Another channel through which IPR creation in the plant variety sector can influence competition is through structural change in the seed industry, that is, consolidation. When PVPs are strengthened by way of the EDV clause, concentration in PVP may have more impact on seed market consolidation and concentration (Srinivasan 2005). The PPVFRA’s recent guidelines make it mandatory to protect the parents of hybrids along with hybrids (as a package) irrespective of whether the hybrid is new or an EDV Until recently, six big companies viz. Monsanto, Syngenta, DuPont, BASF, Bayer, and Dow collectively controlled more than 75% of the agrochemical market worldwide and 63% of the commercial seed market; they were referred to as the ‘Big Six’ (ETC 2015). After some recent, ongoing consolidation involving DowDuPont, Bayer-Monsanto, and Syngenta-Chemchina— the Big Six are now the ‘Mighty Four’. The mergers and consolidation appear to be driven by economies of scale and scope by access to complementary IPRs. Patent alliances and IPRs are accelerating the mergers of global seed chemical companies (Lianos et al. 2016), which have increased the concentration in the seed and agrochemical industries and reduced the number of companies.”
In the Indian context, initially, the PPVFRA reasoned that parental lines of extant hybrids notified under the Seeds Act, 1966 cannot be considered as being notified under the Act as they were not explicitly notified. Hence, they were permitted for registration under a category other than extant notified varieties (extant VCK). But later it was observed that this provision can lead to an extended protection period for a hybrid through ‘evergreening of PVP’ by sequential registration of hybrid, parental line one, and parental line two. To check this, on 5th December 2018, the PPVFRA made an order: the parental lines of extant hybrids notified under the Seeds Act, 1966, should be considered only under the category of extant varieties notified under the Act. Both the parental line and its extant hybrid will have a uniform period of protection, that is, 15 years from the date of notification under the Act. Further, the order states, ‘the parental lines of new hybrids notified under the Seeds Act, 1966 should be considered under the category of new varieties notified under the Act provided they are filed within a period of one year from the date of commercialization of earliest/first hybrid.’ But complex situations are anticipated, such as that of a new hybrid with one new parental line and one extant parental line. As the IPR regime for plant varietal protection is still evolving in India, changes are expected in the provisions of the PPVFR Act in the near future.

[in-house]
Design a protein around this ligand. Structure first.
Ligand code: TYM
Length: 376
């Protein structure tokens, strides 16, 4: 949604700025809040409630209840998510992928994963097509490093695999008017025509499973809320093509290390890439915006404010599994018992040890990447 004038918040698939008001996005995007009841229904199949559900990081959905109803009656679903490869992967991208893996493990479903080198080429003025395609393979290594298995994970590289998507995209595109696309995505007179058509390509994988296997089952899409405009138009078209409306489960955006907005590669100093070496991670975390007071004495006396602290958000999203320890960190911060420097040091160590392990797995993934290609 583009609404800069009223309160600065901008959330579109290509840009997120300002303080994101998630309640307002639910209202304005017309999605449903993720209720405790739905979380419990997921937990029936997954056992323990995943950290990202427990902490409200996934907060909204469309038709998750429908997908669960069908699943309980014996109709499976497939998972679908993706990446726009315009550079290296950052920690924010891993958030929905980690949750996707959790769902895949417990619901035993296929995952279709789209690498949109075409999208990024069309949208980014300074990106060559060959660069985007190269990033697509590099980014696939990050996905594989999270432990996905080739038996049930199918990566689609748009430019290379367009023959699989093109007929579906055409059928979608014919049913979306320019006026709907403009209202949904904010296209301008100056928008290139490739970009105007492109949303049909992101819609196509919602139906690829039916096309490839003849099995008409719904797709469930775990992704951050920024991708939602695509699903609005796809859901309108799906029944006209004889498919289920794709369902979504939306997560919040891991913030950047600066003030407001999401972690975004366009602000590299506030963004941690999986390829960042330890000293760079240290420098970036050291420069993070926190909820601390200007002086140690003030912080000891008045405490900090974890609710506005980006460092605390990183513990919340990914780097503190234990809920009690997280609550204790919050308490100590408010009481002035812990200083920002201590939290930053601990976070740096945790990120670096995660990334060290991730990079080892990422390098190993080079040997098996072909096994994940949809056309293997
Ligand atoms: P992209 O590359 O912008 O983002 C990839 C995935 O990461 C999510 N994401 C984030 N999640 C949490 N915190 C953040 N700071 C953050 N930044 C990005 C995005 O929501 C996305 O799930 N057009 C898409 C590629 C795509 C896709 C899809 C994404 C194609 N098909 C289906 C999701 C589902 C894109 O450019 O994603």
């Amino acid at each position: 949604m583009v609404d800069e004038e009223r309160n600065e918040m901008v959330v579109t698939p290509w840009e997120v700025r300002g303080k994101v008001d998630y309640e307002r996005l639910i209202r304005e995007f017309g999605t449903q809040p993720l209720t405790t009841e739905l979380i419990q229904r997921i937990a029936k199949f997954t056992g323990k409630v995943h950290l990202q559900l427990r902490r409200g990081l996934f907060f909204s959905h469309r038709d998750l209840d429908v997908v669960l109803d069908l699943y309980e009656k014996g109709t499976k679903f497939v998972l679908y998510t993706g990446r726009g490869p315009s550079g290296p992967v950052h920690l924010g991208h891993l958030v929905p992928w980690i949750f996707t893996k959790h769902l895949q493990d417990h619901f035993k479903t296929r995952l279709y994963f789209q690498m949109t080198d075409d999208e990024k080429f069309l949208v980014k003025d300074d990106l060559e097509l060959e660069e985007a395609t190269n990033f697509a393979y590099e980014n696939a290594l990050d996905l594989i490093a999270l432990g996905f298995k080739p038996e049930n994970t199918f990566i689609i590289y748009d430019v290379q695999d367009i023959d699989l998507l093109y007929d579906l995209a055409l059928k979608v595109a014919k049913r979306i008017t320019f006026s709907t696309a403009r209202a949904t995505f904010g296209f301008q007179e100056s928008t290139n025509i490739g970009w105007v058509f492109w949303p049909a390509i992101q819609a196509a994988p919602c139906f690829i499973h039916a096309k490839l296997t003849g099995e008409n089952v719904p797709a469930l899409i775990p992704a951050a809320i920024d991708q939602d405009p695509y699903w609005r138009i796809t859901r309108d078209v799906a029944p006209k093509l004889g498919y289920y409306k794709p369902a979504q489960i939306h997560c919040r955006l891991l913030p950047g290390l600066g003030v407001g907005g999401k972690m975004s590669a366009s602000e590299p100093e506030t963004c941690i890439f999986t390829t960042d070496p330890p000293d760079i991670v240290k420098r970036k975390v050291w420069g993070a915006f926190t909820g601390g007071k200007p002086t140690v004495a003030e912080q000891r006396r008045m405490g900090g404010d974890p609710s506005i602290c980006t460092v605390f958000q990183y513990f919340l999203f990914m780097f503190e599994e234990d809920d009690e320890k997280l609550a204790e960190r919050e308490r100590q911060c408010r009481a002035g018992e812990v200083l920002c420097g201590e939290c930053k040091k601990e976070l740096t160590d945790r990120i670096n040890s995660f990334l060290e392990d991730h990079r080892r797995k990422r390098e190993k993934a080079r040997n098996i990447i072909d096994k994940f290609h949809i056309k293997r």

Amid the ongoing debate over the desirability and necessity of IPR protection to plant varieties, TRIPS made it mandatory for its members to have some IPR protection mechanism to plant varieties, but IPR protection is influencing competition in various layers/ levels of the seed sector, and inviting the attention of antitrust agencies. The structure of the seed sector and the affordability of seed prices are influenced by the interaction of competition/antitrust policy, seed quality regulatory policy, and biodiversity management and access regulation policy. There are several policy levers in the seed sector, and these need to be balanced to achieve the multiple goals of appropriate incentives for varietal development, seed affordability, and more varietal choices available to farmers. Further, though it is mandatory for TRIPS members to have some IPR mechanism to plant varieties at the country level, within a country it is voluntary.